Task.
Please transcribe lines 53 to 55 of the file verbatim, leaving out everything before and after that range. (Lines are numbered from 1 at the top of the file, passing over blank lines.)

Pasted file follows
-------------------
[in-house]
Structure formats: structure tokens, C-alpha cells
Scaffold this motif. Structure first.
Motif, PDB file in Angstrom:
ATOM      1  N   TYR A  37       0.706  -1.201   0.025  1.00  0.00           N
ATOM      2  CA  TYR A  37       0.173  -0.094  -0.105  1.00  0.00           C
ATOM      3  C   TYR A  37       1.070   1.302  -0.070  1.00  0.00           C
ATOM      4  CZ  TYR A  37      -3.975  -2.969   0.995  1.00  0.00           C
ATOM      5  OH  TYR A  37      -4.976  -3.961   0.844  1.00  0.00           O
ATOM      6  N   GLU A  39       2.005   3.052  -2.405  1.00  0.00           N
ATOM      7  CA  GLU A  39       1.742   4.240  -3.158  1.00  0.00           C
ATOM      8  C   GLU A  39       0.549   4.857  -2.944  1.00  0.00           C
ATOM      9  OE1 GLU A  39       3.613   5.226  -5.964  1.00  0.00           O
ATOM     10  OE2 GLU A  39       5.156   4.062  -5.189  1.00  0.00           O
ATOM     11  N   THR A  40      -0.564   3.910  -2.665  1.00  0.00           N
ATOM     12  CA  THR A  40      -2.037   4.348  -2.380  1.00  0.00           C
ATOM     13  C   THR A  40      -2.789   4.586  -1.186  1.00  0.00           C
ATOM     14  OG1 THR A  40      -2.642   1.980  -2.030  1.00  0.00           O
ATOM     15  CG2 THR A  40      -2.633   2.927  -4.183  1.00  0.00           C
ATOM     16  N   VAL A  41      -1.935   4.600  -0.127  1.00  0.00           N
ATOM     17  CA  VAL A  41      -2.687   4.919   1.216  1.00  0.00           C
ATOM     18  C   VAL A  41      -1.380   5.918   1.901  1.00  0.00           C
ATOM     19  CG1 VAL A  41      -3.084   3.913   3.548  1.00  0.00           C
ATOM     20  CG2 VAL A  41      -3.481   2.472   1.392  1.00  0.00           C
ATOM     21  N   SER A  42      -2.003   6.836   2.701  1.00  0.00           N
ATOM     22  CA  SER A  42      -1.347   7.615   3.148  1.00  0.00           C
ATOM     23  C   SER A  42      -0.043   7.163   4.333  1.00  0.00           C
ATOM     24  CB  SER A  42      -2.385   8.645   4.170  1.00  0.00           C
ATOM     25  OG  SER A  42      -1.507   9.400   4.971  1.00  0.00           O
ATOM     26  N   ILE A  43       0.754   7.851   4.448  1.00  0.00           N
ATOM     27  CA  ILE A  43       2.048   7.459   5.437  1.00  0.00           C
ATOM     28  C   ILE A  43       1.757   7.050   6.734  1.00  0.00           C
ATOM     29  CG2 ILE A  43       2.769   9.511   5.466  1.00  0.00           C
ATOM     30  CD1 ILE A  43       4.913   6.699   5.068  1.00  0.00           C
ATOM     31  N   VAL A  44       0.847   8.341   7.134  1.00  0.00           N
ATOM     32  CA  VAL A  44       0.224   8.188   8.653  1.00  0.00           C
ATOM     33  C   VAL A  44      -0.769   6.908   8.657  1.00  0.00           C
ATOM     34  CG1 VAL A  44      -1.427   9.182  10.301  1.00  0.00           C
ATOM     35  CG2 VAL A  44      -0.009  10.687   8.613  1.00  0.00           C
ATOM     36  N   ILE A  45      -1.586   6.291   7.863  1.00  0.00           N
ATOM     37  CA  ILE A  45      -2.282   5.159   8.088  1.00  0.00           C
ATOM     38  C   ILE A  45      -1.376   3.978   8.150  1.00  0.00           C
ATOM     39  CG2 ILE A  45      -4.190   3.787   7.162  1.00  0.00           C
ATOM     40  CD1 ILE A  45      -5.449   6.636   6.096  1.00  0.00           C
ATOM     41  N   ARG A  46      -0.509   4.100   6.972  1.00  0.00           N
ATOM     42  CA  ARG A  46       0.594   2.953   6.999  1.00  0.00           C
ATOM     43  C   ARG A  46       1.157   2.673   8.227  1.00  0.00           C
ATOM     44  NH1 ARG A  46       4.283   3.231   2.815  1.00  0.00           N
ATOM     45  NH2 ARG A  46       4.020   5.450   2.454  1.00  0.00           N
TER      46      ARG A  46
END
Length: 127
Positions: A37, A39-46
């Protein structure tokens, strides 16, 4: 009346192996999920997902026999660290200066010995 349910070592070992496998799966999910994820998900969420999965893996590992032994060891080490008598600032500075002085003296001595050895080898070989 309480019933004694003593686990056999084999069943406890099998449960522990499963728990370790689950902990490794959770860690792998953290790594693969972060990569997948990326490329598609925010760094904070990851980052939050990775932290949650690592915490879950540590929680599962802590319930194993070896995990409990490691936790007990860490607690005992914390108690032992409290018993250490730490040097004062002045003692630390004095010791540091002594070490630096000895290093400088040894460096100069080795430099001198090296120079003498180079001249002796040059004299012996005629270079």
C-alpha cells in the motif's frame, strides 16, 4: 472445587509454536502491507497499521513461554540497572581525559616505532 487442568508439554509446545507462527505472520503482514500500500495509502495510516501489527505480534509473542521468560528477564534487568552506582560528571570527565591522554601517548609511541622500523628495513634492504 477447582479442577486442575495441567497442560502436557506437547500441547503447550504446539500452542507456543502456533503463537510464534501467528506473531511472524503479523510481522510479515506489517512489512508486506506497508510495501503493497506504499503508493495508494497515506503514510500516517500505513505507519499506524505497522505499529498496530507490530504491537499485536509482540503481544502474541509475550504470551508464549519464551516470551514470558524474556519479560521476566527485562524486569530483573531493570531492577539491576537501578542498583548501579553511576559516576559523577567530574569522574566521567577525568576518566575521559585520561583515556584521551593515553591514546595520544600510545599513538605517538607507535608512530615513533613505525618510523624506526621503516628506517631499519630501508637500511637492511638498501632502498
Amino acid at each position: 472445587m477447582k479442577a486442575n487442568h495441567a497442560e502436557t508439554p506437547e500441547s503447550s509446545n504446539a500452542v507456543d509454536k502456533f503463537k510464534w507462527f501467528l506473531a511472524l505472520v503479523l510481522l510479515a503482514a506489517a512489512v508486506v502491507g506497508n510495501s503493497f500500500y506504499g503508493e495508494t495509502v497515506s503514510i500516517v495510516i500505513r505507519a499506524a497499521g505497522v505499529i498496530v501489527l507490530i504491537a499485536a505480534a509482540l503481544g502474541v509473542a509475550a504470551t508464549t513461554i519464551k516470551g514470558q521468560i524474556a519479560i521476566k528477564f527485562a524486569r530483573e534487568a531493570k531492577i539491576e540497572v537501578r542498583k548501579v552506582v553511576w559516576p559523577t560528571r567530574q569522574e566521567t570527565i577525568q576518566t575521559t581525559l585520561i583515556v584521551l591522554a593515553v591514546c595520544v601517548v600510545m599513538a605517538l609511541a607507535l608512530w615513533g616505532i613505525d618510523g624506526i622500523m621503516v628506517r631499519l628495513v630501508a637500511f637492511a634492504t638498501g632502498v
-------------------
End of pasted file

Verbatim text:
Positions: A37, A39-46
């Protein structure tokens, strides 16, 4: 009346192996999920997902026999660290200066010995 349910070592070992496998799966999910994820998900969420999965893996590992032994060891080490008598600032500075002085003296001595050895080898070989 309480019933004694003593686990056999084999069943406890099998449960522990499963728990370790689950902990490794959770860690792998953290790594693969972060990569997948990326490329598609925010760094904070990851980052939050990775932290949650690592915490879950540590929680599962802590319930194993070896995990409990490691936790007990860490607690005992914390108690032992409290018993250490730490040097004062002045003692630390004095010791540091002594070490630096000895290093400088040894460096100069080795430099001198090296120079003498180079001249002796040059004299012996005629270079």
C-alpha cells in the motif's frame, strides 16, 4: 472445587509454536502491507497499521513461554540497572581525559616505532 487442568508439554509446545507462527505472520503482514500500500495509502495510516501489527505480534509473542521468560528477564534487568552506582560528571570527565591522554601517548609511541622500523628495513634492504 477447582479442577486442575495441567497442560502436557506437547500441547503447550504446539500452542507456543502456533503463537510464534501467528506473531511472524503479523510481522510479515506489517512489512508486506506497508510495501503493497506504499503508493495508494497515506503514510500516517500505513505507519499506524505497522505499529498496530507490530504491537499485536509482540503481544502474541509475550504470551508464549519464551516470551514470558524474556519479560521476566527485562524486569530483573531493570531492577539491576537501578542498583548501579553511576559516576559523577567530574569522574566521567577525568576518566575521559585520561583515556584521551593515553591514546595520544600510545599513538605517538607507535608512530615513533613505525618510523624506526621503516628506517631499519630501508637500511637492511638498501632502498